We may choose simply not to hyphenate some compound adjectives simply because they are very familiar. Hence we might decide to have "high school sports" rather than "high-school sports" because "high school" is a common phrase and the familiarity helps remove ambiguity.

We use an en dash instead of a hyphen if part of the compound is already hyphenated, or has a space. "Turner Prize–winning art", "pro-privatisation–anti-privatisation debate". (In the old days, most people just wrote a hyphen and if what they wrote went to press then a typesetter worried about using an en dash instead of a hyphen, these days we produce our own final results, so it's worth paying attention to these things, though it's small-potatoes compared to the rest of this).

Compound nouns are a lot harder to decide upon. "Egg beater", "egg-beater" and "eggbeater" are all found. In the first, egg is used as a noun-adjunct to tell us what sort of beater the beater is. In the second, a hyphen turns the two nouns into a single unit. In the third they've become a new word. Generally, common pairings start out as one of the first two, and become merged into a new word after heavy usage and familiarity. I recommend hyphenating on first draft, then on second draft seeing if it's common to use it as a single word, use it if it is, remove the hyphen if it's not ambiguous, and leave the hyphen otherwise. In particular, pay attention to whether the hyphen changes the relationship; a terrorist-surveillance operation is an operation that carries out surveillance on terrorists, while a terrorist surveillance operation is a surveillance operation carried out by terrorists.

*Note, "amazingly-fast car" would have been a form used in the 1800s, though obviously not about cars. This is now rare, since the form without a hyphen is unambiguous. Just don't get confused if you see the adverb-adjective compound hyphenated in an older text.

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I am thinking of the following hyper-adjectival sentence.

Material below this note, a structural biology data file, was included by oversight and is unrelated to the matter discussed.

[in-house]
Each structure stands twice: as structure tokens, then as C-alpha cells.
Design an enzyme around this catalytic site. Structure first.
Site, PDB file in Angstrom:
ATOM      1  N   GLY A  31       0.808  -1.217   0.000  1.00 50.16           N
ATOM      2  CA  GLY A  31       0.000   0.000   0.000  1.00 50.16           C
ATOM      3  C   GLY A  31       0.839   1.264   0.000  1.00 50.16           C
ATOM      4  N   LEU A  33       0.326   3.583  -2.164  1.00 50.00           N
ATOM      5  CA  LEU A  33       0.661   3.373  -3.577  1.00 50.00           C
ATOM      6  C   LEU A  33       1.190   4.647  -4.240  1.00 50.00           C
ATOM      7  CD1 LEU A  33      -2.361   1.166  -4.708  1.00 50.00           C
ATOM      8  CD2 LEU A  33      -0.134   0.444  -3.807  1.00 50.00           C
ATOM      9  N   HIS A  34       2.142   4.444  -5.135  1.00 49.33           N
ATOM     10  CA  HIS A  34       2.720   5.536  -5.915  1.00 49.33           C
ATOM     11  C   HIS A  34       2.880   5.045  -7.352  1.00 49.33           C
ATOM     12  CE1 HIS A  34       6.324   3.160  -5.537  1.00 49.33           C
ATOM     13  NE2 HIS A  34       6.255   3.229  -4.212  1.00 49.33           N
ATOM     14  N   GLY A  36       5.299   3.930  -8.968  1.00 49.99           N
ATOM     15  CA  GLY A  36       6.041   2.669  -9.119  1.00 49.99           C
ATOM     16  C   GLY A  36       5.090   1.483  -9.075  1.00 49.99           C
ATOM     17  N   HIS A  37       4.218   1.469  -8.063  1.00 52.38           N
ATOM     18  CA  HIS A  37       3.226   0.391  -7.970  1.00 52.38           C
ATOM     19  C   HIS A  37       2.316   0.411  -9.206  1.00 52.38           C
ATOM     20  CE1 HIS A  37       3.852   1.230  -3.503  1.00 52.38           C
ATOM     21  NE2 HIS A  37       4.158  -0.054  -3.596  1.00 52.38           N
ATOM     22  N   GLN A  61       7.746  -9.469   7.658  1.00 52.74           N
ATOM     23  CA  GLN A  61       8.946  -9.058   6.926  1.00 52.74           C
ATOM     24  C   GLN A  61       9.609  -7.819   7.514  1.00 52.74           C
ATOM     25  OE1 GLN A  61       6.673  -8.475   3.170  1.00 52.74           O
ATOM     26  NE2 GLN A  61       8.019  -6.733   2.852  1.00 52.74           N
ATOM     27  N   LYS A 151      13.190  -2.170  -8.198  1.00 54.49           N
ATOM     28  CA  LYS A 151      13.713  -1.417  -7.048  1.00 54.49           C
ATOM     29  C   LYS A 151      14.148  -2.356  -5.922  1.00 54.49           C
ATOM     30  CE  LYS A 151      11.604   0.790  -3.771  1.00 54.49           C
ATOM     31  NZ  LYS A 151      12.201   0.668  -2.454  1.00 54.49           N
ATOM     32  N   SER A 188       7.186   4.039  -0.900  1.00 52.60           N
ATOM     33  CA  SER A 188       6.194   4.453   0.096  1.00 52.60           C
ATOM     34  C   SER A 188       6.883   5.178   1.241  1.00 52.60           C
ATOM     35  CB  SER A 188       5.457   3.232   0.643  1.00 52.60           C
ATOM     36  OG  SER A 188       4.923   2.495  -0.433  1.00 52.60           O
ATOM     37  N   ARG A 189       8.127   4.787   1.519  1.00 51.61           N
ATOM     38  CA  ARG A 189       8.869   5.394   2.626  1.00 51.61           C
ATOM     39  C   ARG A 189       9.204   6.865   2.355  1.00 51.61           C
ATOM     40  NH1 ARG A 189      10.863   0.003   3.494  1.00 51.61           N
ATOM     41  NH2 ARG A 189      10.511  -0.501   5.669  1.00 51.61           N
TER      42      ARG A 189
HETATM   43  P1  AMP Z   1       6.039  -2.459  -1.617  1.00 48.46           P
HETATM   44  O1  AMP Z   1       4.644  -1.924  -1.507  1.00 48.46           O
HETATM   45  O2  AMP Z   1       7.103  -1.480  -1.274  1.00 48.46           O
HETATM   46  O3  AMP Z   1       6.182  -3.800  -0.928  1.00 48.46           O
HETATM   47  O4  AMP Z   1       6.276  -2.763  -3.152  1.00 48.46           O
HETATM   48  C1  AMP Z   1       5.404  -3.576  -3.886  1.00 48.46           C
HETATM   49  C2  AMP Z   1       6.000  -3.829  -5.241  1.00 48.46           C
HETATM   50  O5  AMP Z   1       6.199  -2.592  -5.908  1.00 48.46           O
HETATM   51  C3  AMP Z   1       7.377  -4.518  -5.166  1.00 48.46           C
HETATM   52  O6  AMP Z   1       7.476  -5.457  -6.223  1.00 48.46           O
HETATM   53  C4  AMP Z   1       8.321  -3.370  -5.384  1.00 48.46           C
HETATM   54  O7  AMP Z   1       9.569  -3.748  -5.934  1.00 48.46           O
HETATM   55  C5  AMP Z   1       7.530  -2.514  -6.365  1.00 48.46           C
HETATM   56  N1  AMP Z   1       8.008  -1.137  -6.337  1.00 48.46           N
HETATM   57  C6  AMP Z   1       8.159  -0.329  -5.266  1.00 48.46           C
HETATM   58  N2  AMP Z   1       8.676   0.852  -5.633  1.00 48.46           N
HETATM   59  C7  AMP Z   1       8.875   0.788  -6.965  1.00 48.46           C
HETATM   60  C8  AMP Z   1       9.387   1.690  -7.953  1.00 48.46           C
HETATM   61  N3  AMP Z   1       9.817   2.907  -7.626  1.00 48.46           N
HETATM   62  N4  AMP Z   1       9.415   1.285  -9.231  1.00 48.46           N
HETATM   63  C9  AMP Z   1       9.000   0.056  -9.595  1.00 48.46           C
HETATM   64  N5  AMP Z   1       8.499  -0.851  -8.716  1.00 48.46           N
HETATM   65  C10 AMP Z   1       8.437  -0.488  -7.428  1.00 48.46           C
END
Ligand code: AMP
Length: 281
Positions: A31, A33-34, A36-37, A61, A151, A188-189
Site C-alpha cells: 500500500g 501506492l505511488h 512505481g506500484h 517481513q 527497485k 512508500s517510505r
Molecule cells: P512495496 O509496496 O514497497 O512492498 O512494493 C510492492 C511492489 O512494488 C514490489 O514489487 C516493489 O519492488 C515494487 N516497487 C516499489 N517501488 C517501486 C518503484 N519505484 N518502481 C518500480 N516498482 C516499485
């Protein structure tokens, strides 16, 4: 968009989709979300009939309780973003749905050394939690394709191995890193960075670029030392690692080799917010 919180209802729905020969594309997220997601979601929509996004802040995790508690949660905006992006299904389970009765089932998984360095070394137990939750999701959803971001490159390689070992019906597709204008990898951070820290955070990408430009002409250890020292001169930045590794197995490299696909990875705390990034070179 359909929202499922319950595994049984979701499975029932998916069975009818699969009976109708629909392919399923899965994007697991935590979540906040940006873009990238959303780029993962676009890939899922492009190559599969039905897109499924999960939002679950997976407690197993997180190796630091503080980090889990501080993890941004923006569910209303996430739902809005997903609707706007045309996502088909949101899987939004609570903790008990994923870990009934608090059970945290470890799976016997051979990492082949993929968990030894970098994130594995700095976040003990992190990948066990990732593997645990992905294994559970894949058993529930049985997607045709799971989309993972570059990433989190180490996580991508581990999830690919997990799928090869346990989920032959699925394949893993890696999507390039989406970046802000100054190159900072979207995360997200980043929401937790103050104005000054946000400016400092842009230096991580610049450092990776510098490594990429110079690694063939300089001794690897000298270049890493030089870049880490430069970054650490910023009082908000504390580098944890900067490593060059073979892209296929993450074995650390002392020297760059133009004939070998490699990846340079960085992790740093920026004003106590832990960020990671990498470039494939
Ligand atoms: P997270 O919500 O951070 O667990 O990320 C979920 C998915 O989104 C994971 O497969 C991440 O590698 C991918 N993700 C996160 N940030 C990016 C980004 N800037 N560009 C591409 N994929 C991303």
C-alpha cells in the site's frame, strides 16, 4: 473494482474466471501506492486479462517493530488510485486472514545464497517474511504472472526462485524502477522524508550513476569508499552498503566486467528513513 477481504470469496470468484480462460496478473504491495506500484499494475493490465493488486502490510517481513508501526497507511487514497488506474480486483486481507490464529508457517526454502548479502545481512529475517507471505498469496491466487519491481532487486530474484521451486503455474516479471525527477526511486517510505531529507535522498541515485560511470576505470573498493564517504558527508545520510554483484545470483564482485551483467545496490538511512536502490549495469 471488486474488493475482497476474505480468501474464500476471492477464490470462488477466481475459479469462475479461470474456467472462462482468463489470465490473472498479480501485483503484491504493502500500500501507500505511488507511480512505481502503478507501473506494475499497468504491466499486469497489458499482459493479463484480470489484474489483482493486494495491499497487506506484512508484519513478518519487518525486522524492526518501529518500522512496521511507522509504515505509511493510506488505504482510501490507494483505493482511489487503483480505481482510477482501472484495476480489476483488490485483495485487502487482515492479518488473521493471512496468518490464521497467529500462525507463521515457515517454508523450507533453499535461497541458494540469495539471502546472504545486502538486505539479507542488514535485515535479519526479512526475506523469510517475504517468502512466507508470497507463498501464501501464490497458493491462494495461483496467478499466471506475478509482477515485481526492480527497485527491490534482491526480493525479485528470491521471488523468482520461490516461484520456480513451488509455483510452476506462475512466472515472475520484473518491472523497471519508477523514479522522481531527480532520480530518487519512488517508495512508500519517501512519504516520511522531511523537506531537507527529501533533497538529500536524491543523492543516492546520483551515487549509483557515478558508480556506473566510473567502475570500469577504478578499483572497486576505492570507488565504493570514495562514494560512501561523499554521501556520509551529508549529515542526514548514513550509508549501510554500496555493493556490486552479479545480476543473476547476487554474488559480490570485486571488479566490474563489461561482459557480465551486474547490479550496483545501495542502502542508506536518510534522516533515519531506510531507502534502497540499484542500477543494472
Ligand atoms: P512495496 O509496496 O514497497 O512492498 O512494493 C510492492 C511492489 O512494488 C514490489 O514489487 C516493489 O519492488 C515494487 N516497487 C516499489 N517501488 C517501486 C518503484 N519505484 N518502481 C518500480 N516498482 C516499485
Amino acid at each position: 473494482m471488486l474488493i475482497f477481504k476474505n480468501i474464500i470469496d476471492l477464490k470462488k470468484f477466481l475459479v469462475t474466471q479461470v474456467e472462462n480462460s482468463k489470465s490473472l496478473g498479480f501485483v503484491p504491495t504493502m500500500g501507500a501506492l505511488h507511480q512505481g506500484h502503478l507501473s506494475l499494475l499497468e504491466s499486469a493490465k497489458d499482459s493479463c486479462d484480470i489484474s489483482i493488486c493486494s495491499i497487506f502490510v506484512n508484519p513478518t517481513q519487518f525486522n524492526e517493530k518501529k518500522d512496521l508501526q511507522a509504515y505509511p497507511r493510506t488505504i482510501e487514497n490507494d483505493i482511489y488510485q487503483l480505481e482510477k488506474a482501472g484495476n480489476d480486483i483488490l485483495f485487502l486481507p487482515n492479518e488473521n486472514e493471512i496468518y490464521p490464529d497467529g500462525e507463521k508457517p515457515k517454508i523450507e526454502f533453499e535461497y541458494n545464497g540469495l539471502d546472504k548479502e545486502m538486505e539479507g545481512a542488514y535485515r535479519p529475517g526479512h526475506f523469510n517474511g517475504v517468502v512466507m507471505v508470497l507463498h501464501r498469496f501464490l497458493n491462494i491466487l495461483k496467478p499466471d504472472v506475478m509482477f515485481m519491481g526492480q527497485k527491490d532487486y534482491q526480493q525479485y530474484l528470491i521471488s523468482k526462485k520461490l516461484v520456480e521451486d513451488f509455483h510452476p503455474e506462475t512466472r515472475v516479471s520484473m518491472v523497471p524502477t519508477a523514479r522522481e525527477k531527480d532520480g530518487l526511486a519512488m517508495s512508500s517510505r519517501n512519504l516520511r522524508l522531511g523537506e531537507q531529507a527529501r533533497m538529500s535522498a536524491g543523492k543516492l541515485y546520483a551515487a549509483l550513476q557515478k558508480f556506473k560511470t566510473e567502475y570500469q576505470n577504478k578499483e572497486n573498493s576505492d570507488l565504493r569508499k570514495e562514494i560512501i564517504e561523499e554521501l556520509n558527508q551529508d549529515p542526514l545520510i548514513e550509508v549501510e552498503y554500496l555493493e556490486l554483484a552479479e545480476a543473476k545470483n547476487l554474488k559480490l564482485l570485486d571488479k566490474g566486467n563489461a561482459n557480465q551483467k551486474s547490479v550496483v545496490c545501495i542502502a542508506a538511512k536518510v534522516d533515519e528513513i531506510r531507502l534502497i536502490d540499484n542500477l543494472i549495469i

I saw a big round green mushy tailed monstrous deer.

where we presume that

  • a monstrous deer is either tailed or has no tail.

However, what if

I saw a Big-Round green mushy-tailed monstrous deer.

with the following presumptions

  • Round is a place with two regions - namely Big Round and Small Round.
  • the deer could either have mushy tails or bobby tails.

When we encounter a hyper-adjectival phrase such as

I wish to buy a pink crack resistant highly fibrous laminate.

we could determine if a hyphen is helpful by testing if the order of the adjectives are commutative, as well as if they could stand on their own.

  • crack pink resistant fibrous highly laminate
  • highly laminate
  • resistant laminate
  • pink laminate

With the above test, we could determine where having hyphens would be helpful:

I wish to buy a pink crack-resistant highly-fibrous laminate.

Which would then pass the commutative and stand-alone tests:

  • highly-fibrous crack-resistant laminate
  • crack-resistant laminate
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Personally, I like my laminate to be resistant to pink cracks, but not to other colors of cracks. –  Nathan Reed Jan 21 '13 at 3:01
    
pink-crack-resistant highly-fibrous laminate. Or more precisely, (pink-crack)-resistant highly-fibrous laminate –  Blessed Geek Jan 21 '13 at 3:05
    
@BlessedGeek: “Pink crack–resistant”, then, with an en dash. –  Jon Purdy Jan 21 '13 at 3:12
    
Blessed Geek's answer provided many examples. I think the main idea is, to use a hyphen when the modifier is ambiguous while to omit it when the meaning is clear. –  Jiancheng Zou Jan 24 '13 at 7:23